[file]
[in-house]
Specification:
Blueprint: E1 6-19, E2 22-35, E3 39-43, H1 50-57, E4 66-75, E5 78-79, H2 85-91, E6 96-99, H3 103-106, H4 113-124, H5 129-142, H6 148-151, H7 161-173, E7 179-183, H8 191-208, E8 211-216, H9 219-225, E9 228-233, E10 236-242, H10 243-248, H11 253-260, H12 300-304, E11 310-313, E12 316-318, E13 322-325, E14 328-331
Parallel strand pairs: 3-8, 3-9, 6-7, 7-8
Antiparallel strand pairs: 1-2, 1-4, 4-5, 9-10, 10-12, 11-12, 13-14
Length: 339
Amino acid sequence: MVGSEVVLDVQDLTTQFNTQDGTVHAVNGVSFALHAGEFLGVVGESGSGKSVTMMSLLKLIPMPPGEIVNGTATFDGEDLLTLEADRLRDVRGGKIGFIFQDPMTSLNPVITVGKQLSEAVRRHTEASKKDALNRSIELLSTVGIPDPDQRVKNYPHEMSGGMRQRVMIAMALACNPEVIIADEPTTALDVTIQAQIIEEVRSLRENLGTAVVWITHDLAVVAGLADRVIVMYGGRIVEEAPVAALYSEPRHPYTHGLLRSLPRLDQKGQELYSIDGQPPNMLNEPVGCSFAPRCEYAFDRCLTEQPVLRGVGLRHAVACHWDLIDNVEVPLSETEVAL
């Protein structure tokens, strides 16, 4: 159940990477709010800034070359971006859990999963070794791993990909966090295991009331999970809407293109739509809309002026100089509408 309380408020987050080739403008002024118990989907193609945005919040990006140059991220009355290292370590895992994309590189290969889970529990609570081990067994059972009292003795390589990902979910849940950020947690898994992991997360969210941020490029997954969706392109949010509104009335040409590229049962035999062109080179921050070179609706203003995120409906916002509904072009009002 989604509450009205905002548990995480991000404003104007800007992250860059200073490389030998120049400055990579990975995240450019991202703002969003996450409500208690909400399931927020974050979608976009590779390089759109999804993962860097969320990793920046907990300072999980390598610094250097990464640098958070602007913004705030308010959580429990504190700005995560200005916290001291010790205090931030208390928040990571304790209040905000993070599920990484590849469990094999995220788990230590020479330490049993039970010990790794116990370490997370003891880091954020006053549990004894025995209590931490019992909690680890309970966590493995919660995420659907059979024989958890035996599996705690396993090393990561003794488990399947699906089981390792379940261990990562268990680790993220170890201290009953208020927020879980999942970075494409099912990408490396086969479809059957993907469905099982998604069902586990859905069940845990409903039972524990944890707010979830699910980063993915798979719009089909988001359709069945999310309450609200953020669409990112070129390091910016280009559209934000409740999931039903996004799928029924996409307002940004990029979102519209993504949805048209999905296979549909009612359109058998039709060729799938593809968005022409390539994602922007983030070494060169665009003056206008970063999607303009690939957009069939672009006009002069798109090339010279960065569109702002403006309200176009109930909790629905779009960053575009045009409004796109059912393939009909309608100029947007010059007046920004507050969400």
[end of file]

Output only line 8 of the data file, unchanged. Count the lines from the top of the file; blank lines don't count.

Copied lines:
């Protein structure tokens, strides 16, 4: 159940990477709010800034070359971006859990999963070794791993990909966090295991009331999970809407293109739509809309002026100089509408 309380408020987050080739403008002024118990989907193609945005919040990006140059991220009355290292370590895992994309590189290969889970529990609570081990067994059972009292003795390589990902979910849940950020947690898994992991997360969210941020490029997954969706392109949010509104009335040409590229049962035999062109080179921050070179609706203003995120409906916002509904072009009002 989604509450009205905002548990995480991000404003104007800007992250860059200073490389030998120049400055990579990975995240450019991202703002969003996450409500208690909400399931927020974050979608976009590779390089759109999804993962860097969320990793920046907990300072999980390598610094250097990464640098958070602007913004705030308010959580429990504190700005995560200005916290001291010790205090931030208390928040990571304790209040905000993070599920990484590849469990094999995220788990230590020479330490049993039970010990790794116990370490997370003891880091954020006053549990004894025995209590931490019992909690680890309970966590493995919660995420659907059979024989958890035996599996705690396993090393990561003794488990399947699906089981390792379940261990990562268990680790993220170890201290009953208020927020879980999942970075494409099912990408490396086969479809059957993907469905099982998604069902586990859905069940845990409903039972524990944890707010979830699910980063993915798979719009089909988001359709069945999310309450609200953020669409990112070129390091910016280009559209934000409740999931039903996004799928029924996409307002940004990029979102519209993504949805048209999905296979549909009612359109058998039709060729799938593809968005022409390539994602922007983030070494060169665009003056206008970063999607303009690939957009069939672009006009002069798109090339010279960065569109702002403006309200176009109930909790629905779009960053575009045009409004796109059912393939009909309608100029947007010059007046920004507050969400």